I'm on the phone with a Lady Friend I haven't seen in quite a while. She's had a rough day, and we agree that some hearty, Irish-style drinking beckons. After some back and forth about the sort of atmosphere we're looking for, we agree on T.K. Bitterman's (2010 West Alabama), a cramped, Chicago-themed local bar stocked with the full arsenal of liquor and character.
I notice omens of potential trouble from the beginning. Lady Friend has managed to down a few vodka tonics before hooking up with me, so it's a giddy, half-drunk and provocatively dressed woman I greet on Bitterman's front deck. We exchange hugs, rapidly catch up with each other's recent lives and head inside.
The kindest word for Bitterman's is "cozy." A more accurate adjective might be "stifling." This is an old-school neighborhood bar, seating 30 to 40 customers snugly inside. The dartboard and the pizza oven behind the bar are separated by a mere 30 feet or so. On a busy weekend night, Bitterman's can seem as stuffed as a Florida ballot box.
This being a weeknight, though, I'm not surprised to find the place fairly vacant. As our eyes adjust to the dim light inside, I count five, maybe six, customers, all clustered about the far end of the bar. Ordinarily I wouldn't give half a damn where these people gathered, but it so happens that they're surrounding, drum-circle-like, the Megatouch game, neglected and unplayed on the bar. LF and I are pretty devoted to these games, particularly the trivia, and since no one seems to be using this one, she asks if a couple of the kind folks at the end of the bar might, you know, scoot their asses, say, 16 inches for us? She doesn't put it that way, of course; at this point, she remains the polite, if a trifle blitzed, Southern sweetheart.
"Is anyone playing this game? Could we please sit here? I haven't played one of these in sooo long -- I'd really appreciate it," she murmurs with honey smoothness.
Now, keep in mind that, though Bitterman's is a tiny place with limited seating and a painfully inefficient floorplan, there are only the seven of us in the place. Fifteen barstools sit to the left of these people, all of them barren of butts. There seems no rational reason that they wouldn't or couldn't lift their lousy Amber Lights and shift a stool or two over. I mean, WWJD?
Perhaps you've gotten ahead of me at this point. Let me back up a bit.
Bitterman's has no jukebox; the bartenders select the CDs to play. Sometimes the mix is quite good, sometimes annoyingly ill chosen, but for the most part the music hardly gets your attention. No, you don't go to Bitterman's for the tunes. And you sure as hell don't go there for the powerful air-conditioning or the stellar service -- though the service can sometimes be excellent. No, you go there because -- well, it's a solid drinker's bar. They mix 'em nice and strong and, save for the sports on the TVs and the alluring scent of the occasional well-oiled woman, there's not much to distract a man from his drinking. Most folks -- and certainly all the regulars -- sit at the bar because, dammit, that's where the real drinkers sit. Bukowski didn't sit in a fucking booth, my friends.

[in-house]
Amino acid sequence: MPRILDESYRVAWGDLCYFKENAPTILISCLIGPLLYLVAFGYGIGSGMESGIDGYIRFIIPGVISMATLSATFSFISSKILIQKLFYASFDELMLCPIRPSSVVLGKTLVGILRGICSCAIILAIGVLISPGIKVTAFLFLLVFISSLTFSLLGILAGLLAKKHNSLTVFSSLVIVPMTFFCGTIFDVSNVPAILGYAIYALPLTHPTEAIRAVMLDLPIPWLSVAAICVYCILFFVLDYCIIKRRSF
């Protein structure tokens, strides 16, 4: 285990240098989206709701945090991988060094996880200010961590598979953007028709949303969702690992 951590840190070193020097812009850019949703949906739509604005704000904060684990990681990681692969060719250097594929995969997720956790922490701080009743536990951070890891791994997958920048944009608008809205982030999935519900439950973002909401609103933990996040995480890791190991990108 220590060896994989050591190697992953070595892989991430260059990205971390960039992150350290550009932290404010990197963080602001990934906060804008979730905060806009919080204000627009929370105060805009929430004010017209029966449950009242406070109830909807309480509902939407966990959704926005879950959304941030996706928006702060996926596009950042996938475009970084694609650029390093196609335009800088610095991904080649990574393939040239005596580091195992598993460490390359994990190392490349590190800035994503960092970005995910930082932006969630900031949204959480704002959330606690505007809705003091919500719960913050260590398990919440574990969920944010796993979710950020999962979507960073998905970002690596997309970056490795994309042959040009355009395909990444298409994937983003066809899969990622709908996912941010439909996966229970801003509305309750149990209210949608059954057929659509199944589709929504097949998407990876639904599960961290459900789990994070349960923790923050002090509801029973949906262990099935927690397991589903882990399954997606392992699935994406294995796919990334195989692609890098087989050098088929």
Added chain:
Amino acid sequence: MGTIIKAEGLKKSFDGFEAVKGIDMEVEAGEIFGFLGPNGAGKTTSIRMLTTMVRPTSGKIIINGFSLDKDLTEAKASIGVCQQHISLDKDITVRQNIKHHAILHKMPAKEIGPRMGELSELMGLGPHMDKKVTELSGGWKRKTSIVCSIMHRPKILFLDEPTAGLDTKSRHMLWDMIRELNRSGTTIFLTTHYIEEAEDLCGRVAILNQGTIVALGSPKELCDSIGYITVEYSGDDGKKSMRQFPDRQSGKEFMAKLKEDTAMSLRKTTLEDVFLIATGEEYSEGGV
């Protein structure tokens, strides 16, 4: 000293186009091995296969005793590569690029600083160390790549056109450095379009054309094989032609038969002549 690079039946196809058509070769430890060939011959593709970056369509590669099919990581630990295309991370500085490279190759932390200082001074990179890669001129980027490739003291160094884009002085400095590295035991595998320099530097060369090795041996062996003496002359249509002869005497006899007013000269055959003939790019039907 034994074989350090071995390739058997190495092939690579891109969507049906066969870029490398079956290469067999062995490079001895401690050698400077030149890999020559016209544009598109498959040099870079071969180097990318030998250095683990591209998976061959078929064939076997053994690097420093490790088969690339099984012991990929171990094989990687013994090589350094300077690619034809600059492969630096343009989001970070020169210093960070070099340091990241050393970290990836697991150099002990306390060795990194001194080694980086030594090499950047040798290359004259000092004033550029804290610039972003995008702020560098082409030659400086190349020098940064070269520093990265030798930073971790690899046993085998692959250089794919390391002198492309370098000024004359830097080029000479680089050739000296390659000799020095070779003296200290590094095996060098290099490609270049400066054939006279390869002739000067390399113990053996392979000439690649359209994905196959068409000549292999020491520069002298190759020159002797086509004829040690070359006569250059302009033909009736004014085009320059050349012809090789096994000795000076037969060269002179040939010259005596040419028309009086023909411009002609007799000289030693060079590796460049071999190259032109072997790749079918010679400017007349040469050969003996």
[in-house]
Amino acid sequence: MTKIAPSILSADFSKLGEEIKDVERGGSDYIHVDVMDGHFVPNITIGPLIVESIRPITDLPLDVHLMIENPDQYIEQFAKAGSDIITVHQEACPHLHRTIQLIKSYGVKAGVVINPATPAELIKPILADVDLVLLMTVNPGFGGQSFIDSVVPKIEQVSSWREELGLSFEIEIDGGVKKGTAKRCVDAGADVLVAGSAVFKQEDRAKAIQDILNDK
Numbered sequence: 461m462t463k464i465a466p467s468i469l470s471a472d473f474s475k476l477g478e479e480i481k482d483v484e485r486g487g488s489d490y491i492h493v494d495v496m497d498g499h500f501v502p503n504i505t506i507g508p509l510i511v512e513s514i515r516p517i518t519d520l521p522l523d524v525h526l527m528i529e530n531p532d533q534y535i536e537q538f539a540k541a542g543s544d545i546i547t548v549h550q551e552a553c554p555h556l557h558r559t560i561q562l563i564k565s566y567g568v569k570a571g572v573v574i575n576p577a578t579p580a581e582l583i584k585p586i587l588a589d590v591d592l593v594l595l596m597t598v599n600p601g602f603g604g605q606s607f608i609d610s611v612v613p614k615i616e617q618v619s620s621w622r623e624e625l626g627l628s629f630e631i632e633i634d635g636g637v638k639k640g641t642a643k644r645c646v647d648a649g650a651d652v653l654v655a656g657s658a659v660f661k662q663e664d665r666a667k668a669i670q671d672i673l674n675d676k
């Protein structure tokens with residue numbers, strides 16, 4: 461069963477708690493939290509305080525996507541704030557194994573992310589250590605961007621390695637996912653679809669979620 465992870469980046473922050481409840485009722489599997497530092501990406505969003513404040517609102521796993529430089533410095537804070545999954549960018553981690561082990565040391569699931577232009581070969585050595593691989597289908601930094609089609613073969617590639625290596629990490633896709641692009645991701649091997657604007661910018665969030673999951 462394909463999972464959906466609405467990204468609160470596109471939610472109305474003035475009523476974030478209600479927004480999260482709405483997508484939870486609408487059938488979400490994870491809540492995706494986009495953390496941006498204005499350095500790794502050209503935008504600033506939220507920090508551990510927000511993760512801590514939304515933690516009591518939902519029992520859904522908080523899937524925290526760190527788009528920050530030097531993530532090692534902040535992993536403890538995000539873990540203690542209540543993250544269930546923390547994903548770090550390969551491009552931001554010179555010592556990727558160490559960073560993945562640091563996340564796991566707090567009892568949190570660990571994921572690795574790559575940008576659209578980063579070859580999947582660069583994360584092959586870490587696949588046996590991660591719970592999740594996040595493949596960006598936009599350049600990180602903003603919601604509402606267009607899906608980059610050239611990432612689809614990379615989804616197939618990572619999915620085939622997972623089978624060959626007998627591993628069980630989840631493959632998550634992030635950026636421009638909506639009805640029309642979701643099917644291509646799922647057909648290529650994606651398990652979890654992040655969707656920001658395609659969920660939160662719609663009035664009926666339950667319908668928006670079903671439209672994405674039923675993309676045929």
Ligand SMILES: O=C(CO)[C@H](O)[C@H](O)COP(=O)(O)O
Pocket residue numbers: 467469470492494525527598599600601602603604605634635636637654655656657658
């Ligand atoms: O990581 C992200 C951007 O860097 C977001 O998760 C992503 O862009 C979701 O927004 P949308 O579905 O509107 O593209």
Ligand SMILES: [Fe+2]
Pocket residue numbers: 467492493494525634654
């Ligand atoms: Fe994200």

So, as a drinker and a veteran of low- to medium-rent gin mills, I understand that these people don't wish to sit anyplace but the bar. And honestly, if there'd been no convenient space at the bar for them to move to, I wouldn't have even asked. But, come on: Tonight the place is like a theater showing Basic Instinct 2: nearly devoid of humans.
But rather than simply grant us the seats in front of the Megatouch, they suggest we move the whole freakin' game around the corner to the little section of bar that separates the back of the bar from the darts area. Which, incidentally, is where the rest of the customers are standing. This "darts area" is something like the Black Hole of Calcutta, but bleaker. I know a few drinkers who've been to Bitterman's a time or two and not noticed there even was a darts area.
So we look at these people like the rude idiots they are, turn and leave in a dramatic huff. Right?
No, not us. We're good people most of the time. We maintain, at the very least, vestigial public manners. So we stretch obviously insincere smiles across our faces and obligingly move the entire goddamned game around the corner where every throw of a dart results in one or both of us taking a knuckle to the back of the head. Yes, our proximity to the nice couple throwing darts -- scratch that, our intimacy with them -- is uncomfortable, to say the least. A well-timed beer belch could knock a dart from flight.